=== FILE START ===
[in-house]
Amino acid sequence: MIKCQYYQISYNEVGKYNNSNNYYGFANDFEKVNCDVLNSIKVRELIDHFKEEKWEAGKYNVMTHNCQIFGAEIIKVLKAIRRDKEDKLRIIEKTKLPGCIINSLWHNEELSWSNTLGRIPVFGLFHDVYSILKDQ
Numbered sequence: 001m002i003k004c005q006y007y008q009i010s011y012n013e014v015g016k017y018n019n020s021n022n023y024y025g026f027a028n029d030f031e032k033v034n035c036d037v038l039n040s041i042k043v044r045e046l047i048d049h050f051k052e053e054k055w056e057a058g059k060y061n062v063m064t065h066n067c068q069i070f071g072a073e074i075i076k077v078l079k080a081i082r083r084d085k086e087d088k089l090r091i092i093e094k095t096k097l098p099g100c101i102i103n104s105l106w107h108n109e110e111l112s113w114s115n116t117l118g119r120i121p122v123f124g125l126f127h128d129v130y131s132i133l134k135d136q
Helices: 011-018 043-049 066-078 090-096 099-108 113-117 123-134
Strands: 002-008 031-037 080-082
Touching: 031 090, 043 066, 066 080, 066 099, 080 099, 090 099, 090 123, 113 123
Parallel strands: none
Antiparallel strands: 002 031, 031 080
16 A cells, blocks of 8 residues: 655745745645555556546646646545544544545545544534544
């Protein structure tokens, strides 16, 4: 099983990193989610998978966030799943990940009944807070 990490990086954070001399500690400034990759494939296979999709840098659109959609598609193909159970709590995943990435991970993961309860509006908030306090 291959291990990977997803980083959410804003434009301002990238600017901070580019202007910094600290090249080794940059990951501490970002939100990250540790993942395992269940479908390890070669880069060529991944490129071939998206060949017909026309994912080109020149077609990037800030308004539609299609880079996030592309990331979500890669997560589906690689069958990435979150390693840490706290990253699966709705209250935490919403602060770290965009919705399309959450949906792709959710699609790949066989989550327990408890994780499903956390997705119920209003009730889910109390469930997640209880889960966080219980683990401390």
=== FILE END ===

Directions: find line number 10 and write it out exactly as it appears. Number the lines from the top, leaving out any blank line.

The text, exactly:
């Protein structure tokens, strides 16, 4: 099983990193989610998978966030799943990940009944807070 990490990086954070001399500690400034990759494939296979999709840098659109959609598609193909159970709590995943990435991970993961309860509006908030306090 291959291990990977997803980083959410804003434009301002990238600017901070580019202007910094600290090249080794940059990951501490970002939100990250540790993942395992269940479908390890070669880069060529991944490129071939998206060949017909026309994912080109020149077609990037800030308004539609299609880079996030592309990331979500890669997560589906690689069958990435979150390693840490706290990253699966709705209250935490919403602060770290965009919705399309959450949906792709959710699609790949066989989550327990408890994780499903956390997705119920209003009730889910109390469930997640209880889960966080219980683990401390």